She is one of the 1000 women proposed fort the Nobel Peace Price 2005.
She says: “I want to make the wonderful world of books accessible to all children.”
Douangdeuane Bounyavong (born 1947) is dedicated to the promotion of literacy and cultural experience through books in a country with a very limited reading tradition, due to lack of education and resources. She founded and is now directing and writing for Dokked Publishing and bookstore in Vientiane, a small independent publishing house, which focuses on titles for children and women, securing the necessary funding through successful networking abroad. She has established many libraries in rural regions and is working to improve the working conditions and quality of teachers. (Read on this 1000peacewomen site).
Douangdeuane Bounyavong – Laos
One of the foremost cultural figures of Laos, Ms. Douangdeuane Bounyavong has contributed to promoting traditional Lao culture, particularly textiles and traditional weaving techniques, and studying and disseminating Lao literature.
Born into an intellectually active family, Ms. Bounyavong received her higher education in Laos and France. After returning home, she dedicated herself to the study of classical Lao literature and traditional culture. She devoted herself to studying the Lao classical epic, “Thao Hung Thao Cheuang.” She received wide acclaim after publishing the results of her research into Lao rituals and tradition described in this epic. As she began to see her studies into classical Lao literature bear fruit, Ms. Bounyavong extended her interest in traditional culture beyond literature. She turned her attention to textiles, another aspect of the country’s traditional culture. Laos has a rich heritage of traditional textiles. Indeed, there are so many that it is said each family has its own distinctive textiles and clothing. From her research into the significance of the different motifs incorporated in these textiles, her activities grew to encompass a wide range of textile-related subjects. In addition to historical research into traditional Lao textiles, she became involved with preserving and succeeding traditional textile techniques, activities to raise awareness, efforts to improve the social status of the women weaving the textiles, and exhibiting these textiles abroad. She established the Group for the Promotion of Art and Lao Textiles in 1990 as part of a group of five women, beginning full-fledged efforts to preserve the textiles and the traditional techniques used to make them. The following year, she served as a consultant to the Preservation and Promotion of Lao Textiles project conducted by the Lao Women Union with a grant from UNICEF. As part of this project, she established the Sin Sai Mai textile gallery. That same year, 1991, she attended the Asia Textile Conference held at Chiang Mai University in Thailand as a representative of Laos. She also exhibited textiles designed under her supervision and received the UNESCO Craft Prize. Ms. Bounyavong has continued her enthusiastic activities for restoring and developing traditional Lao textiles by holding textile exhibits and workshops in Thailand, the United States, France, and Japan in addition to Laos. Her book, “Infinite Design: The Art of Silk”, published in 1995, won plaudits in Laos and abroad as the first research work on traditional Lao textiles written by a Lao. She further promoted her textile research through a project with the Japan Foundation. That research led to the publication of “Legends in the Weaving” in 2001. Ms. Bounyavong’s wide-ranging activities are supported by the strong resolve shown in her statement, “The traditional Lao textile is an integral part of our culture. It has great value, and I devote myself to protecting its techniques and tradition.” These activities have made a significant contribution to preserving, inheriting, and developing traditional Lao and Asian culture. She is indeed a worthy laureate of the Arts and Culture Prize of the Fukuoka Asian Culture Prizes. Textiles and costumes as a rich traditional heritage of the people of Laos are still present in their daily lives. Natural colors and the variety of motifs which you see in the textiles, incorporate the wishes of the weavers and their history. The textiles which are woven for various stages of people’s lives such as births and funerals, constitute a special artistic form lasting from one’s birth to one’s death. (Read more on The Fukuoka Asian Culture Prizes).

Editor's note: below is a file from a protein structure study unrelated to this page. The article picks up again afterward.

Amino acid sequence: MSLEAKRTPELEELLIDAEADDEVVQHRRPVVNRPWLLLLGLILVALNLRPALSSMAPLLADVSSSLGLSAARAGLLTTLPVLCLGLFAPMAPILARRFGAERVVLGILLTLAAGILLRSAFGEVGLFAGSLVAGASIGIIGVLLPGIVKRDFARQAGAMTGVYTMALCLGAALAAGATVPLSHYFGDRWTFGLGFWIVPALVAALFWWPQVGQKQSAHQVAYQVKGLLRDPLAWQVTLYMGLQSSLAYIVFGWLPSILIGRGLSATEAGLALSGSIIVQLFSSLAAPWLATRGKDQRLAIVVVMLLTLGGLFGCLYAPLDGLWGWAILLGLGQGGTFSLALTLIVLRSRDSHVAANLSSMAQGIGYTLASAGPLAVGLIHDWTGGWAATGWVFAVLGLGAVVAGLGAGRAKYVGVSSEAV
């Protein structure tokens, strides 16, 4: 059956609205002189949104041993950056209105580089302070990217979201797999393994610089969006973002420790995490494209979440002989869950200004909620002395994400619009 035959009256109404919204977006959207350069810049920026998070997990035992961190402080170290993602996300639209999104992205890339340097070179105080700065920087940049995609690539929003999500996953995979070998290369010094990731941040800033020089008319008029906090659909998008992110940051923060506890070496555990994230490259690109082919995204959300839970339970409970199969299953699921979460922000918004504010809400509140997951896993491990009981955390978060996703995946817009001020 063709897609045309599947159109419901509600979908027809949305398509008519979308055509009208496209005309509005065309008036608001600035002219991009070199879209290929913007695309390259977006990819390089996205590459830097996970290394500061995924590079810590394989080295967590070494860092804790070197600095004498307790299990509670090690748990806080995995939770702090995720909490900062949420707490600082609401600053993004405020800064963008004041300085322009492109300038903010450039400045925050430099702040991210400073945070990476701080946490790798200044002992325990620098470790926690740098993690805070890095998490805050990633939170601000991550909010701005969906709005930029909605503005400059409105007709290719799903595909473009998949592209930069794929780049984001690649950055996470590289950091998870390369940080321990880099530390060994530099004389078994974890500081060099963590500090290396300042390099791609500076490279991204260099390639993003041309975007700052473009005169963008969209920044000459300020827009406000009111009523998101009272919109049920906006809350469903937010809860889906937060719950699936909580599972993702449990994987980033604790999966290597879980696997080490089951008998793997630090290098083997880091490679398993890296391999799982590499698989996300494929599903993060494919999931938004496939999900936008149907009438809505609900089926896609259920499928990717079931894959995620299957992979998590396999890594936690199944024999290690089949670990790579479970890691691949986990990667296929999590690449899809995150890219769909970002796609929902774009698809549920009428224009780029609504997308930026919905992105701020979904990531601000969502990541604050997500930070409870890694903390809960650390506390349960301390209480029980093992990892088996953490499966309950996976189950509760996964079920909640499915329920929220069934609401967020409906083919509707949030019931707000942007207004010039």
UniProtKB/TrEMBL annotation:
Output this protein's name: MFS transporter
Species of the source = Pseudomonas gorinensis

She provided the Maha Sila Text to the Maha Sila Dictionary Project (of CRCL Inc.), to support Dr. Souneth Phothisane (formerly Director of the Lao National Museum).
Book: “Infinite Design: The Art of Silk”.
Assumption Univ. of Thailand, online catalogue;